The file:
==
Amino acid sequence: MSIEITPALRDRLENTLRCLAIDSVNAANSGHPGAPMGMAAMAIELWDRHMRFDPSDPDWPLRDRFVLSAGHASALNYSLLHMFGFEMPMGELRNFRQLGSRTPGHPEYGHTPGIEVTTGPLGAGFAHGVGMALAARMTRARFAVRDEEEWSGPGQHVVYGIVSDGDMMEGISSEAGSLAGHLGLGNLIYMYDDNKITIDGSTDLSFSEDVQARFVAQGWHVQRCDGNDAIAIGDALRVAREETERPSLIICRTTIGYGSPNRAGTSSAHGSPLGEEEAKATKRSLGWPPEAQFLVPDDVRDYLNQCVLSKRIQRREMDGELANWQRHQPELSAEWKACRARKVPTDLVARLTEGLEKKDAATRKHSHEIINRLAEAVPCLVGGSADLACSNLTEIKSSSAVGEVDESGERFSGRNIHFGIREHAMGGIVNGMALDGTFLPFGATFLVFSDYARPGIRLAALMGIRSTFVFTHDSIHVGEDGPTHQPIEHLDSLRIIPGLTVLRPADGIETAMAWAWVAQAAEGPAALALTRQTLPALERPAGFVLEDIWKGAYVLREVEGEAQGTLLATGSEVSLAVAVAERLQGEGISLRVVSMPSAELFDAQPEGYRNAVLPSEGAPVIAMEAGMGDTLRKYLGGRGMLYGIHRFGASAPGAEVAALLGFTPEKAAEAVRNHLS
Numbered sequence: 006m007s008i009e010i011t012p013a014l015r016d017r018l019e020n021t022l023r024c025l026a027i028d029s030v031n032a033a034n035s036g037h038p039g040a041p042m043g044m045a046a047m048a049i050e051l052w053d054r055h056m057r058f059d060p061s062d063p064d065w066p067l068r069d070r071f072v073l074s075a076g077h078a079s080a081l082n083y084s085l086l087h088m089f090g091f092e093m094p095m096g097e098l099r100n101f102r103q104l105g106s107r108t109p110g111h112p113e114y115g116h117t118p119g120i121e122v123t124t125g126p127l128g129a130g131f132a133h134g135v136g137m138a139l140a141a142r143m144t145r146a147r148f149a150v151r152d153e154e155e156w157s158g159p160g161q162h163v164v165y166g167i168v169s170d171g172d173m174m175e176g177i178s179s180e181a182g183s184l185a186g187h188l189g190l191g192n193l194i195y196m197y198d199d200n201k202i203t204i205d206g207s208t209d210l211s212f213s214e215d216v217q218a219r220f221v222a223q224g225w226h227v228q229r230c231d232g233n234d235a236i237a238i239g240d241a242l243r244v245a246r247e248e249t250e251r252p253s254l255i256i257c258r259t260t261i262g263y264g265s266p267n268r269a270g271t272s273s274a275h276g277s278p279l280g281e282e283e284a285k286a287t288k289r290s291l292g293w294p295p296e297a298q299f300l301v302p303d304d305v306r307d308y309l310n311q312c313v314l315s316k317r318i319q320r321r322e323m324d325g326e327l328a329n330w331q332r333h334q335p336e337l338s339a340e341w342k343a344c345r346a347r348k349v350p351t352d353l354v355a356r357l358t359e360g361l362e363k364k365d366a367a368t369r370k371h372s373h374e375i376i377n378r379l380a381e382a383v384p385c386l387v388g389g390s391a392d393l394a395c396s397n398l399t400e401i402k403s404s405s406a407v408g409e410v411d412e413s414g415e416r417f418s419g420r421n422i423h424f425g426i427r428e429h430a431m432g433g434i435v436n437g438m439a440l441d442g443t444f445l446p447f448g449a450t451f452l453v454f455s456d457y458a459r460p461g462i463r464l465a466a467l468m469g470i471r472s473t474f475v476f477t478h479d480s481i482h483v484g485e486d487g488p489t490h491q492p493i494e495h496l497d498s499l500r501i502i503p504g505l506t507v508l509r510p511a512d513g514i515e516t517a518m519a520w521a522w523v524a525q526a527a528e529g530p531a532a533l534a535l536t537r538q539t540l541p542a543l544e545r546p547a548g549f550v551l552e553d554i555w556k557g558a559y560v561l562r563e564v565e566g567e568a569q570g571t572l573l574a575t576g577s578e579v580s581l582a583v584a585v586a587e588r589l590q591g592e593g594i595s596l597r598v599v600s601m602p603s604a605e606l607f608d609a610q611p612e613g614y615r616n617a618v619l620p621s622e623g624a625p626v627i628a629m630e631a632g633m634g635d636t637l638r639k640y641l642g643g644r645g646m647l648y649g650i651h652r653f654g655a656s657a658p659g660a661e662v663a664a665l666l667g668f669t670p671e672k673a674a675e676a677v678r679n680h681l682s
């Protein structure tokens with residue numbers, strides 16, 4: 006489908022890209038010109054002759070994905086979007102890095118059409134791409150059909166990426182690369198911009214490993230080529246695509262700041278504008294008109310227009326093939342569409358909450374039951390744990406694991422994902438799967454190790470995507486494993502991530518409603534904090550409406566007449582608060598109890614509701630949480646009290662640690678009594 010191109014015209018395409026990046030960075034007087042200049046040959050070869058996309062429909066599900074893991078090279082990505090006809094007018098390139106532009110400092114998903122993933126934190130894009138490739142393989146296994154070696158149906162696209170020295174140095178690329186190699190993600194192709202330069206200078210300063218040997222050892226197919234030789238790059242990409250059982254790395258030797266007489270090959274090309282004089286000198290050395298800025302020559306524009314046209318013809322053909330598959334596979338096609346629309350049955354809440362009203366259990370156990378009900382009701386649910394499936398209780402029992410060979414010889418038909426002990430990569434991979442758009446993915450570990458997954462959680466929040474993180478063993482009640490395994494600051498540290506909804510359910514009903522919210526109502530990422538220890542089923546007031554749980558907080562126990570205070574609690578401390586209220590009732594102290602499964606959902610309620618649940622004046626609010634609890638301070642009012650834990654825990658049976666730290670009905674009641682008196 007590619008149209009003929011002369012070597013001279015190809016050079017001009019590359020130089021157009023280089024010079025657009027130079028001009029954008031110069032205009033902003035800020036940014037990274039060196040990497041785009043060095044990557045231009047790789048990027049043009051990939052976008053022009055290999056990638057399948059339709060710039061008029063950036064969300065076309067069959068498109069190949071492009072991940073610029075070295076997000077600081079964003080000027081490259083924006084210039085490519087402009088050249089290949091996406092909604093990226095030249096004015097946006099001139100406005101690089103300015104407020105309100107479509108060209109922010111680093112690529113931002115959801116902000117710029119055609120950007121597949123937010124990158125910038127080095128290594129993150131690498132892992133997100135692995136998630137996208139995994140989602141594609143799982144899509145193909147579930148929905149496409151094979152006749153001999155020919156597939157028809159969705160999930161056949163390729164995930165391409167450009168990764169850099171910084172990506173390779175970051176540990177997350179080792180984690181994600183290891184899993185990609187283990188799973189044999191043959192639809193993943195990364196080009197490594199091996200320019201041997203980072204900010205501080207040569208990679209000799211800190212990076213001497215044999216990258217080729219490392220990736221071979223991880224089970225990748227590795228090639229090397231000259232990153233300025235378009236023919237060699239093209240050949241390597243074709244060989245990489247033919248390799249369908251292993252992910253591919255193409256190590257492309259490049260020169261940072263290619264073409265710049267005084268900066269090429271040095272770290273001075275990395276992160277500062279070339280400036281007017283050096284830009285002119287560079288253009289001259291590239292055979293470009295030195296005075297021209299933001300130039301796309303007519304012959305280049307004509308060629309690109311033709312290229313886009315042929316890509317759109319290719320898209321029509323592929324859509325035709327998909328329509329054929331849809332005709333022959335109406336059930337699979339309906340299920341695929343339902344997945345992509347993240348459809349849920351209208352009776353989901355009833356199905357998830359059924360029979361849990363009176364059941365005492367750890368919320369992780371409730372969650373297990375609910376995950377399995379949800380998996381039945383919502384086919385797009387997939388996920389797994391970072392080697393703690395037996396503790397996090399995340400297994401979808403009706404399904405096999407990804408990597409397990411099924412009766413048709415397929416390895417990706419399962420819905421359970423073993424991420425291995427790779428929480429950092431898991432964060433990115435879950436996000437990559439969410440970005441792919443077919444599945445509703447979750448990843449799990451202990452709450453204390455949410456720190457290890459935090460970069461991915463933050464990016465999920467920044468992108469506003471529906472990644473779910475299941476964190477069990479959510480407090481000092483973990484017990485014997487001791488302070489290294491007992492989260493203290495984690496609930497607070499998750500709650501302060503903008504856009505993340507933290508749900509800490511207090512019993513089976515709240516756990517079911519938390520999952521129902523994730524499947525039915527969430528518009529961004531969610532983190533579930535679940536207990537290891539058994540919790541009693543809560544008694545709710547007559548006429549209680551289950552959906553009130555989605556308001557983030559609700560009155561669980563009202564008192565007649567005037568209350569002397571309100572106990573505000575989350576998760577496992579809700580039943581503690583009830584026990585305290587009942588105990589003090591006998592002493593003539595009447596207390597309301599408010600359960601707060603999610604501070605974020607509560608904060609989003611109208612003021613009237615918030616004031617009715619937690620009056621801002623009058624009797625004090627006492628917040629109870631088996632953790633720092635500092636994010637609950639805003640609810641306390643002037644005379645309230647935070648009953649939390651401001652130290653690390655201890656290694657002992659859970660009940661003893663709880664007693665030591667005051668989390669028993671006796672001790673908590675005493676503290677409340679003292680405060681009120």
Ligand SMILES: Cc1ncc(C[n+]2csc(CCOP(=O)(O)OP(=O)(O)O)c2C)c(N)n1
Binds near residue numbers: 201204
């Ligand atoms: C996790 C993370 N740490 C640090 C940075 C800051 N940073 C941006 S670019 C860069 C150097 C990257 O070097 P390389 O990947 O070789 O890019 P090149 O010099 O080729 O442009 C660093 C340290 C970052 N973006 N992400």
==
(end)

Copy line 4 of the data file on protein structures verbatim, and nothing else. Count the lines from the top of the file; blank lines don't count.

Ligand SMILES: Cc1ncc(C[n+]2csc(CCOP(=O)(O)OP(=O)(O)O)c2C)c(N)n1